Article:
Polkadot and its parachains: All you need to know
Polkadot is one of those sudden, not too many unexpected developments that break into the blockchain scene. Back in September 2020, it gathered a lot of press after jumping into CoinMarketCap’s top 10 cryptocurrencies list by market capitalization, leading many to wonder if we were witnessing the next big thing.
All of this wondering was followed by puzzlement, as many people struggled to understand exactly what polkadot is, what a parachain is, and why it became so hugely popular – in other words, why is this particular new blockchain important?
Joining Blockchains Together
It has long been a goal in the blockchain community to attain blockchain interoperability – in other words, to allow blockchains to contact and interact with each other. This would make token exchanges much easier, by no longer needing an intermediary – if somebody wanted to exchange ETH to BTC, the blockchains themselves would perform the currency exchange.
There are other reasons to desire interoperability, though, and Polkadot aims for this too. While a blockchain supporting other, smaller blockchains in its system is nothing new (the Ethereum blockchain has done this for a long time,) allowing them to interact with each other in complex manners is still difficult. Polkadot, and its parachain services, hopes to allow for this.
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What is a Parachain?
Parachain is the name the Polkadot network has given its set of blockchains running in parallel. This means exactly what it sounds like – Polkadot aims to become a blockchain of blockchains by the intelligent use of Parachains.
Parallel and Distributed programming is nothing new in the IT world – in fact, parallel programming is one of the reasons why computer CPUs like to show off having as many cores as possible. It allows computers to run several tasks at the same time, rather than having to wait in line.
A parallel blockchain is akin to, and much like a parallel CPU. Blockchains run operations of many types at the same time, often lumping them all together even when the consensus mechanisms that work for a type of operation might not work for another – for example, different operations might require heightened layers of security that come at a higher cost.
If all operations are lumped together, then they all have to be ran at this higher security, leading to an excess workload.
By running blockchains in parallel, Polkadot can create different rules to govern each of them, effectively tuning each blockchain for a specific task… and then joining them all together in a parachain, creating a single, large blockchain.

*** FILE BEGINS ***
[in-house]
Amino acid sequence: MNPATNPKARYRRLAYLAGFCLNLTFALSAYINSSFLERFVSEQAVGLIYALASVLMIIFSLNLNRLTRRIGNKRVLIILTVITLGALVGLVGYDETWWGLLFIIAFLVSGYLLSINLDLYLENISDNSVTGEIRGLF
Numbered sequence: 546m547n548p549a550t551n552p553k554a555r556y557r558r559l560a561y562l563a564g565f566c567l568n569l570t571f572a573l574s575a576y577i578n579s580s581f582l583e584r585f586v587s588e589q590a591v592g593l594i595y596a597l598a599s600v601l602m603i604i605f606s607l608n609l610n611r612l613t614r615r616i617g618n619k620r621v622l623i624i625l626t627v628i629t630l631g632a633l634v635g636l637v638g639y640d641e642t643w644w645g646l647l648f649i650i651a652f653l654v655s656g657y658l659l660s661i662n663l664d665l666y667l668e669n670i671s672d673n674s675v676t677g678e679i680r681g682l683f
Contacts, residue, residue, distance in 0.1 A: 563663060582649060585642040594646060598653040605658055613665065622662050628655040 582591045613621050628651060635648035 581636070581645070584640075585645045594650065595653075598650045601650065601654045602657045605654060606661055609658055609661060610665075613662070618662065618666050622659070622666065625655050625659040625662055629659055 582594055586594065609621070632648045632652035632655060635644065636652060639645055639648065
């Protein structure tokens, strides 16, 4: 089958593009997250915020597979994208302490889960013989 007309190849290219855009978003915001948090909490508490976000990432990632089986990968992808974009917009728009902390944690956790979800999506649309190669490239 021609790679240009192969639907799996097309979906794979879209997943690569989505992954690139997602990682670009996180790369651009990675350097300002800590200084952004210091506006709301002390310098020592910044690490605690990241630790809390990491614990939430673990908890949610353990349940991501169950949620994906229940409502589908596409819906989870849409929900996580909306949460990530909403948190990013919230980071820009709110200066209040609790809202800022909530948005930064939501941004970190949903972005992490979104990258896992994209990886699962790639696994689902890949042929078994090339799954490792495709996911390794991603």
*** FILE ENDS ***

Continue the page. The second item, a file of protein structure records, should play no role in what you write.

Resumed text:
What about external blockchains?
Polkadot’s aspirations don’t stop there. Understanding that blockchain interoperability is a huge goal these days, one of Polkadot’s offerings is to allow the blockchain to interact with other blockchains, like Bitcoin or Ethereum. This would allow specialized processes running in said chains to be out-sourced to the Polkadot blockchain, where they might be easier to optimize.
There are other benefits to the parachains. In several occasions, existing blockchains have required changes to their structure that have, due to system limitations, led to forking the chain. This has most famously happened with both Bitcoin and Ethereum chains, but the problem has affected many more.
By operating via parachains, a blockchain can make changes to its own inner systems without ever needing a full fork – at most, just adding an extra chain to the system should fix most problems-as long as the contention is about approach and not governance structures.
How will this change the blockchain environment?
Polkadot and its parachains environments would be useless if they were limited to the main blockchain. Instead, Polkadot aims to compete directly with Ethereum by allowing users to create their own blockchains inside Polkadot, adding them to the parachain.
But there’s more. These blockchains would be parachains themselves, allowing them to run their own private, distributed processes. That way ,the main Polkadot blockchain would host blockchains that in turn could host their own blockchains to optimize their processes. This is a feature that didn’t exist so far in the Blockchain scene, and the main reason Polkadot rose to prominence so quickly.
What about the Polkadot token, the DOT?
The DOT token, in its base, works just like the tokens for most cryptocurrencies – it can be used for financial transactions and staking. There are two differences, however, that make it stand out:
First, DOT tokens are effectively stakes in the blockchain, and as such, those holding tokens have a say in the blockchain governance. Second, DOT tokens are set up to be the de-facto currency for interactions among parachains, and can also be used to create new parachains.
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Is Polkadot unique? Will it become the next big blockchain?
It’s hard to tell. Polkadot’s approach is certainly unique, and it could lead to great developments on the blockchain scene. Still, it’s too early to tell – and getting sustained attention can be difficult, even for revolutionary projects.
Moreover, there are other projects that could be competing with Polkadot for attention on the distributed blockchain front. Cosmos allows some, but not all, of Polkadot’s features, while Ethereum 2.0 is probably the largest threat. This is because, while Ethereum 2.0 won’t offer all features of Polkadot, it’s an upgrade to what is already the largest blockchain in the world – and thus, it might hinder adoption for a new one.
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